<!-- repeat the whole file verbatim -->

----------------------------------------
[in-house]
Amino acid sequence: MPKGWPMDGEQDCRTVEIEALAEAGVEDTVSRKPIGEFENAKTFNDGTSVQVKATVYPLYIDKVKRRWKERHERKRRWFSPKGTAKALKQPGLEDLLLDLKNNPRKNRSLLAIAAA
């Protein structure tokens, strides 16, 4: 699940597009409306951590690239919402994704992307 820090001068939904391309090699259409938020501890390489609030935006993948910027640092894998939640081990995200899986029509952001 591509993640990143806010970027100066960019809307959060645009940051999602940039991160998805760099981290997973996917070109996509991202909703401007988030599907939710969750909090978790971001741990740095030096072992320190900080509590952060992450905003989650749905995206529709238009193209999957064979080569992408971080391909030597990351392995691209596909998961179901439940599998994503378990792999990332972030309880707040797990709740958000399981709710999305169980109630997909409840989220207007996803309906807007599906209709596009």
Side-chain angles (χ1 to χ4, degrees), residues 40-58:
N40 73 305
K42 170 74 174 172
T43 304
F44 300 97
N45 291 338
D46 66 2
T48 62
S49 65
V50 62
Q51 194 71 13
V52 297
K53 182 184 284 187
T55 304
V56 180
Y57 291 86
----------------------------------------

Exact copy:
[in-house]
Amino acid sequence: MPKGWPMDGEQDCRTVEIEALAEAGVEDTVSRKPIGEFENAKTFNDGTSVQVKATVYPLYIDKVKRRWKERHERKRRWFSPKGTAKALKQPGLEDLLLDLKNNPRKNRSLLAIAAA
């Protein structure tokens, strides 16, 4: 699940597009409306951590690239919402994704992307 820090001068939904391309090699259409938020501890390489609030935006993948910027640092894998939640081990995200899986029509952001 591509993640990143806010970027100066960019809307959060645009940051999602940039991160998805760099981290997973996917070109996509991202909703401007988030599907939710969750909090978790971001741990740095030096072992320190900080509590952060992450905003989650749905995206529709238009193209999957064979080569992408971080391909030597990351392995691209596909998961179901439940599998994503378990792999990332972030309880707040797990709740958000399981709710999305169980109630997909409840989220207007996803309906807007599906209709596009």
Side-chain angles (χ1 to χ4, degrees), residues 40-58:
N40 73 305
K42 170 74 174 172
T43 304
F44 300 97
N45 291 338
D46 66 2
T48 62
S49 65
V50 62
Q51 194 71 13
V52 297
K53 182 184 284 187
T55 304
V56 180
Y57 291 86